A martial arts-heavy ‘Showdown’ : Inspired by Jackie Chan, creative duo team up to create an action-comedy

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A martial arts-heavy ‘Showdown’ : Inspired by Jackie Chan, creative duo team up to create an action-comedy

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A scene from action-comedy “Showdown,” which showcases a variety of martial art styles. [JOONGANG ILBO]

If a stressed out job seeker went head-to-head in a fist fight against a company CEO, who would come out on top?

That’s what action-comedy film “Showdown” (released Sept. 22) is all about. It’s a story about an extremely poor unemployed man, Poong-ho (played by Lee Ju-seung), who relieves stress by beating up people he finds online. However, he meets his match when he gets involved with an extremely rich CEO, Jae-hui (played by Oh Ji-ho), who lives for the addictive rush of fighting.

Director Shin Dong-yeop and writer Min Kyung-geun, the creative forces behind last year’s “Untouchable Lawmen” have teamed up once again to deliver an action-packed thriller.



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Screenwriter Min Kyung-geun (left) and director Shin Dong-yeop. [STUDIO 706]

Q. It’s been a while since we’ve last seen a Korean action-comedy film. What were your inspirations?

A. Shin: I was always a fan of Jackie Chan’s martial arts films when I was young. It’s been a dream of mine to create a film like “Drunken Master.” As I was developing as a director, I came up with the idea of experimenting with that concept, but with a young unemployed street martial artist. The message I wanted to convey with this scenario was smoothness always overcoming brute strength, regardless of the situation.



It’s interesting to hear about the ‘Drunken Master’ influence.

Min: I was motivated to write a truly stress-relieving story when I was given the proposal by the director. However, trying to portray the smoothness of the drunken master in real-world situations was difficult, especially when it came to trying to make it seem natural. I referred to many films that contained just bare-bones fighting, and crafted a script that told the story through action rather than dialogue.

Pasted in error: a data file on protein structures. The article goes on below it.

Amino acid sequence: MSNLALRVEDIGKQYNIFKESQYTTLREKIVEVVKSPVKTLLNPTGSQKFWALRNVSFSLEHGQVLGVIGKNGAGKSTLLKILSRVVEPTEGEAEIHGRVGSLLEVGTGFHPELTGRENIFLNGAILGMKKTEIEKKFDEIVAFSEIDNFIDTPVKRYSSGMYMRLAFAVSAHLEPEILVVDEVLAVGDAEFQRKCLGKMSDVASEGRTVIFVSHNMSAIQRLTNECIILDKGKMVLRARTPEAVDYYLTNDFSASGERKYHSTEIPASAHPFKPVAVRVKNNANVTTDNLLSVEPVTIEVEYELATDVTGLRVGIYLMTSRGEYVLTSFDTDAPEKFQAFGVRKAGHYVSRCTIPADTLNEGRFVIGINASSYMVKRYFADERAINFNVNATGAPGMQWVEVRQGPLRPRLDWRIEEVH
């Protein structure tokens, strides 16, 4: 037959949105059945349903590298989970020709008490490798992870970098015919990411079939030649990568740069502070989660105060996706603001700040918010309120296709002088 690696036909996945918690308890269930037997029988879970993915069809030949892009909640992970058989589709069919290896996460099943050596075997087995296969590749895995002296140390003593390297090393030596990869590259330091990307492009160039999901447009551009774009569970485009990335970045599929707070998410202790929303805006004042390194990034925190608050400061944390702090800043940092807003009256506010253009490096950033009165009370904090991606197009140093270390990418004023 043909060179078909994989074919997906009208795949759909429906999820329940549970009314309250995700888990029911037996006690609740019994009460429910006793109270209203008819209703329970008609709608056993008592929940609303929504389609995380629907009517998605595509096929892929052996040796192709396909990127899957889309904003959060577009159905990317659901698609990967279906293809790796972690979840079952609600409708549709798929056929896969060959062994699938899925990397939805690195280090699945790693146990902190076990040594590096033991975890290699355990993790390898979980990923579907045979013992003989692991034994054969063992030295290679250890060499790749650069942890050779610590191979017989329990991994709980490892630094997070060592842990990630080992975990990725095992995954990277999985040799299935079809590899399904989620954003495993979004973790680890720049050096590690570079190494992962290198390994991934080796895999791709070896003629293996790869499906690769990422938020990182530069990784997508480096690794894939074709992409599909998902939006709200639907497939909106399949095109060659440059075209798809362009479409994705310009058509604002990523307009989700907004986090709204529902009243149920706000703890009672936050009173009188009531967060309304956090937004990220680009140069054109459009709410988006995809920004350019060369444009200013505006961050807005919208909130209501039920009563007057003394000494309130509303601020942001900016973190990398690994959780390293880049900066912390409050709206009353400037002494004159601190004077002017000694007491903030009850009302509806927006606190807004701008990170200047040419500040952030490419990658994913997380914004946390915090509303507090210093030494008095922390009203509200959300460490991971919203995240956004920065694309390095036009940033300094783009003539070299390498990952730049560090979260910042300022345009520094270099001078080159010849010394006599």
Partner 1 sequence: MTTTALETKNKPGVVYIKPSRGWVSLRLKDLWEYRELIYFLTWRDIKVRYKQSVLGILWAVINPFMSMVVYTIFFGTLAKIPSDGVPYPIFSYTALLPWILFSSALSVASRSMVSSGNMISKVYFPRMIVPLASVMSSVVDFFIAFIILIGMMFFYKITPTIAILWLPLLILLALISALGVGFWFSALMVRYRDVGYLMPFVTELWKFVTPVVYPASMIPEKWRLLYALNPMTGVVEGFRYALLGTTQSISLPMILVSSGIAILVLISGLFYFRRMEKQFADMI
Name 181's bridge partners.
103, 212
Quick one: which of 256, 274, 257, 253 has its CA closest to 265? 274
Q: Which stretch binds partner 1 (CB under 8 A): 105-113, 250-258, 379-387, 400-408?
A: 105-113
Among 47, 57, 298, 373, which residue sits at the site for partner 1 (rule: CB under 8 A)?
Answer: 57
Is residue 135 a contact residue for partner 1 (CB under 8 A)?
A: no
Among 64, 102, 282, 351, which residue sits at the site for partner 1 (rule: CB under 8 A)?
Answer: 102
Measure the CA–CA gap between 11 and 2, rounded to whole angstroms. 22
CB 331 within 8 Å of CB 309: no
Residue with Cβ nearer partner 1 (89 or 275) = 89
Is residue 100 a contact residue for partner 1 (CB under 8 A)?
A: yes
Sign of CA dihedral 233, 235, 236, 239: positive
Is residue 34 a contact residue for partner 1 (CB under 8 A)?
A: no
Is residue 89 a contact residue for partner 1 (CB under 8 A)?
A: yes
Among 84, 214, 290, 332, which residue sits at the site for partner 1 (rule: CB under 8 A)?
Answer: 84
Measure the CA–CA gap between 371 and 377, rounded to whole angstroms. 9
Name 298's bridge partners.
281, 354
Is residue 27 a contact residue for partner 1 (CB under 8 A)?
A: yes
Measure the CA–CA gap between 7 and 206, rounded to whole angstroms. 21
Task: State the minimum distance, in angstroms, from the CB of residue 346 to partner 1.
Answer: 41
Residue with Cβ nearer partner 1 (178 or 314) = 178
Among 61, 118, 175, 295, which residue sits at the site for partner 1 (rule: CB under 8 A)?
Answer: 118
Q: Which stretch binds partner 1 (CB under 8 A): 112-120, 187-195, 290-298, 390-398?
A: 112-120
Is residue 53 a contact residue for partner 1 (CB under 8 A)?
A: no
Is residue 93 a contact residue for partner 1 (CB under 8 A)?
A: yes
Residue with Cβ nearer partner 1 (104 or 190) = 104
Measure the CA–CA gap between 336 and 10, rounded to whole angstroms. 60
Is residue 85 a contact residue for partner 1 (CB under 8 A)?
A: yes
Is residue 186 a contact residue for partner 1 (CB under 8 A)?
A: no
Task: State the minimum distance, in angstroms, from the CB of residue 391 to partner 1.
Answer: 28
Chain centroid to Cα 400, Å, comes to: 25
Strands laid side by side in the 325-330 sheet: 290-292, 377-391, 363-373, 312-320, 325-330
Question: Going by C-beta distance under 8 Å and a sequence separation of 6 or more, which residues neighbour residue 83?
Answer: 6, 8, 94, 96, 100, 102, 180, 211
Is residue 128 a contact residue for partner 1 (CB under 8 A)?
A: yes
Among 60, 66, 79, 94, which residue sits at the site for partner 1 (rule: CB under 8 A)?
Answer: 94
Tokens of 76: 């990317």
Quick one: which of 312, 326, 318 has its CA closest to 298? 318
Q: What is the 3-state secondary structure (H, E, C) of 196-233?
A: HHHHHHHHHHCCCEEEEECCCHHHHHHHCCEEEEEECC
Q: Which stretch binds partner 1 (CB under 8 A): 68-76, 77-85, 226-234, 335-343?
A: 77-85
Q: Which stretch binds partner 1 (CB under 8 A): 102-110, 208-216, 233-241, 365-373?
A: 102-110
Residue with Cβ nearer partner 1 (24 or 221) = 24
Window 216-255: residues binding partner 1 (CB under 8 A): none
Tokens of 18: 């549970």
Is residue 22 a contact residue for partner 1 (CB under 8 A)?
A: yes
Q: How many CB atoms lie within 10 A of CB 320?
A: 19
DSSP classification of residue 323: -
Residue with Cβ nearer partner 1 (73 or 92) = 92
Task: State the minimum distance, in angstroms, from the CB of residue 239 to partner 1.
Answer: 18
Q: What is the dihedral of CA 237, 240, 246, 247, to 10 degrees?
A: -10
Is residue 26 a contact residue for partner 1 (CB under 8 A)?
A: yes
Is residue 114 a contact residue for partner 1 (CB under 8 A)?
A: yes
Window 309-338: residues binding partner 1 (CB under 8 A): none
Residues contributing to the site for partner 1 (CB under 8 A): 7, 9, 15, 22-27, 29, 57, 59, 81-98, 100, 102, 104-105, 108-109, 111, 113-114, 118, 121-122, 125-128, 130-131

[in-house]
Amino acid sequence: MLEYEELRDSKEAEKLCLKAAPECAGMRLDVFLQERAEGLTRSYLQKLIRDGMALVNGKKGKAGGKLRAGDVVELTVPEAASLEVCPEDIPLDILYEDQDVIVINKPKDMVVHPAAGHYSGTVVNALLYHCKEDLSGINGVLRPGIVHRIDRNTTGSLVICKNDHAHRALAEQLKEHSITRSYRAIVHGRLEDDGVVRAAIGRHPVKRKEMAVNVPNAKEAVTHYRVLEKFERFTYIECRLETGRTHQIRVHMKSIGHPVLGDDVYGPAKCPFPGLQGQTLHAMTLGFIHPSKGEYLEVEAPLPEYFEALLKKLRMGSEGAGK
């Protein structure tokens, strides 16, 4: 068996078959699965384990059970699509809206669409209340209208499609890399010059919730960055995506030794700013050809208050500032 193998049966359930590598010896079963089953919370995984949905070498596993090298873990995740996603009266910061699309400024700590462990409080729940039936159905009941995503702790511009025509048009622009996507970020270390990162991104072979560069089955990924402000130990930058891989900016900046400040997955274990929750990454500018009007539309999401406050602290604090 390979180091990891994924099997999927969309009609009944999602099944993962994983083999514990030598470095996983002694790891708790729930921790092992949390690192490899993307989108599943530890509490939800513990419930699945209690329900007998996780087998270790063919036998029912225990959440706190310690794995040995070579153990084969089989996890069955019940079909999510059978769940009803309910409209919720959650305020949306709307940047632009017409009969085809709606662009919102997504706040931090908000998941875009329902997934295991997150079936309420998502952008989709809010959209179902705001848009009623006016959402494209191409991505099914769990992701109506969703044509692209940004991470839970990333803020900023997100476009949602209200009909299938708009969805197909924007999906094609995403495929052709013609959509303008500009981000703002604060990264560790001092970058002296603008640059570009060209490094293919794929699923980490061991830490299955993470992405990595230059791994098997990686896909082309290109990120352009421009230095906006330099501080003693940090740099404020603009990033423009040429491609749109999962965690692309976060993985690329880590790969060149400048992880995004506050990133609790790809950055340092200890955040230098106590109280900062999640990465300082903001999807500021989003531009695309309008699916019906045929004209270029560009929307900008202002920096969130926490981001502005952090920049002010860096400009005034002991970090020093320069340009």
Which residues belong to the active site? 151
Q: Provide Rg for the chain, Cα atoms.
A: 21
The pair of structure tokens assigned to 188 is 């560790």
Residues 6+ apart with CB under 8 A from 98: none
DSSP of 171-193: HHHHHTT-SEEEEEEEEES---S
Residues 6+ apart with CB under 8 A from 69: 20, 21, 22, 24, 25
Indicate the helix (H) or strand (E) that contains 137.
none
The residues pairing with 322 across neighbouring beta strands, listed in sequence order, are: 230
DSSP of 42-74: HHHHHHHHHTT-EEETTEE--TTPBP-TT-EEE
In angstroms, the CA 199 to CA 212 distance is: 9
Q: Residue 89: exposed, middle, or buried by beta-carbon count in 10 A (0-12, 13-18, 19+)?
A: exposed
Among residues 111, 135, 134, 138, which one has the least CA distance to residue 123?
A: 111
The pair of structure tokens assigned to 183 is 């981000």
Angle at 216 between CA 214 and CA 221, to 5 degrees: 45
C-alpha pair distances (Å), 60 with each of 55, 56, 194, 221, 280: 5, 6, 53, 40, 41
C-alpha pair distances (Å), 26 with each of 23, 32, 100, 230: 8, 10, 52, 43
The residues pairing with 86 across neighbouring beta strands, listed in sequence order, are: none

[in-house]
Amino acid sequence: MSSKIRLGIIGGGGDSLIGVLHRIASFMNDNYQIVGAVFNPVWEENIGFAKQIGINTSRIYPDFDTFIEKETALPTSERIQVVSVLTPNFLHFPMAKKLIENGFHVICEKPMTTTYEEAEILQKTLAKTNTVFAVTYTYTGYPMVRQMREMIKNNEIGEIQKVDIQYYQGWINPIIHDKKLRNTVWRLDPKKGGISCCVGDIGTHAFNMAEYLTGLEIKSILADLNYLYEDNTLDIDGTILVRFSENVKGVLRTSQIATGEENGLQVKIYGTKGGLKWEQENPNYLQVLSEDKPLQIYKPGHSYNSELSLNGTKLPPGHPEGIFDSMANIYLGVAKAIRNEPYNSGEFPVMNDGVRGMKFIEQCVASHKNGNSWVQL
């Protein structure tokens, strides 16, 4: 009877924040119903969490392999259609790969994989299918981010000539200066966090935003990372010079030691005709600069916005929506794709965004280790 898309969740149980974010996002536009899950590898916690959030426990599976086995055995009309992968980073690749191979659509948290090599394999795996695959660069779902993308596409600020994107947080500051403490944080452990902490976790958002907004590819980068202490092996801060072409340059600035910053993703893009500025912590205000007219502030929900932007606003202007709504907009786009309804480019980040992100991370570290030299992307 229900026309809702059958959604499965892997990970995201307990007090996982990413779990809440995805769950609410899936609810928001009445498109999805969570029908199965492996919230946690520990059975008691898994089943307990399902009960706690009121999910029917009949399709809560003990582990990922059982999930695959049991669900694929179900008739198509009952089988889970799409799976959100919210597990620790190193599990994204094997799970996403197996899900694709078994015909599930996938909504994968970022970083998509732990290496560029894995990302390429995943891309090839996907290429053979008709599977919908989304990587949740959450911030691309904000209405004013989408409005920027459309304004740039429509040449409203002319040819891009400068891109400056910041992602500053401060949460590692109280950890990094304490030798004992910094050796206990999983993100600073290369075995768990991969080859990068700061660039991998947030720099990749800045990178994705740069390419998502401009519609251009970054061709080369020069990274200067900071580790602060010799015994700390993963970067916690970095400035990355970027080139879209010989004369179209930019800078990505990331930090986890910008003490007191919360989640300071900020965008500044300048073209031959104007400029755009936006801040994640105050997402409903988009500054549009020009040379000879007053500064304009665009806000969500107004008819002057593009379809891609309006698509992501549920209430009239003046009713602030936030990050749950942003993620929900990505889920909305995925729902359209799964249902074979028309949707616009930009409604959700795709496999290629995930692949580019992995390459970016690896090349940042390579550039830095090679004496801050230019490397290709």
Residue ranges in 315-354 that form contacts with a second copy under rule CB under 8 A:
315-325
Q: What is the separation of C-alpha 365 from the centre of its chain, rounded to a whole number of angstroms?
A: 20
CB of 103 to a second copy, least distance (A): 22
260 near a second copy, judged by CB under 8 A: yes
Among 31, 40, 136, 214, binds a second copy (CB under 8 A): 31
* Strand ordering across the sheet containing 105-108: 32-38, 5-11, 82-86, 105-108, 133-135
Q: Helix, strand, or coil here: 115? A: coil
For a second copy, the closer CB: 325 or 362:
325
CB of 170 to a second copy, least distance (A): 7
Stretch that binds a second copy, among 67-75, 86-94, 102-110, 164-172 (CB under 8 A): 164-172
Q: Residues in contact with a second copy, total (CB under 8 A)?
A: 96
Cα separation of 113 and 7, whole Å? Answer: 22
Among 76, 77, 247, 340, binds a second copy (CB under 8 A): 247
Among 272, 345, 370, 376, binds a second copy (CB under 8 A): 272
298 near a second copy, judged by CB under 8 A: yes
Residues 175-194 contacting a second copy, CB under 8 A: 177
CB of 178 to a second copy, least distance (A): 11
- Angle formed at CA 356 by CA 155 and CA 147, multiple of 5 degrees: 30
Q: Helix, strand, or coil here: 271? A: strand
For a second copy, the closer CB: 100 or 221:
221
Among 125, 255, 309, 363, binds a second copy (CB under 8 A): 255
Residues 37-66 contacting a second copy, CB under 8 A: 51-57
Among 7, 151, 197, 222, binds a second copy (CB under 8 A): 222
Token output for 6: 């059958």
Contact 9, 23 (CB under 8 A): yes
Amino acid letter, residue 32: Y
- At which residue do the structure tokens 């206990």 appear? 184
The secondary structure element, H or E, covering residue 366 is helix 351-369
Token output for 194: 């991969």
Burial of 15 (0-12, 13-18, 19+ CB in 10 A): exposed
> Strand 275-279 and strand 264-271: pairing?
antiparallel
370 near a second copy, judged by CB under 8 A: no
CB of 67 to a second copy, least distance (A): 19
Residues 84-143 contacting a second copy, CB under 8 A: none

Shin: I have trusted in Min’s ability to create a unique story ever since we worked together on “Untouchable Lawmen.” His creativity is top-notch, and his individuality is clear. It’s thanks to him that we were able to make a movie filled with inspiration from not only “Drunken Master” but also of many other actions films as well.



What are your reasons for always making unfortunate protagonists?

Shin: I’m still experiencing growing pains. Even though I make a living in the film industry, I always wonder how much I can further satisfy the audience, and how much longer I can maintain my career. Maybe that uncertainty is being manifested in my characters (laughs). To be honest, it would be boring if the protagonist’s life was safe and perfect.

Min: During my days as a soldier, I would spend all of my free time writing when I was off from work. When I quit that job to pursue my dreams, I felt very anxious and insecure. I can relate with Poong-ho (laughs).



You were selected to be a part of the ‘Creative Talent’ mentorship program at the Korea Creative Content Agency. Both “Untouchable Lawmen” and “Showdown” were written during that time.

Min: The mentorship program was a big help in easing my uncertainties and allowing me to gain traction as a writer. I was regularly guided by my mentor, and I also walked away with knowledge from special lectures given by directors such as Choi Dong-hoon. The monetary support was a big help as well. During my two years in that program, I completed eight scripts. It was admittedly difficult to concentrate on my writing since I was juggling part-time jobs simultaneously, but I was still able to write as much as I wanted.



What are your next projects?

Shin: I’m working on an action movie called “Accomplishment of Official Business” starring actor Im Chang-jung.

Min: I want to write a fun and unique script that only I would be able to write. No matter what anyone says, films will always be a game.



BY LIM JU-RI [chung.jinhong@joongang.co.kr]

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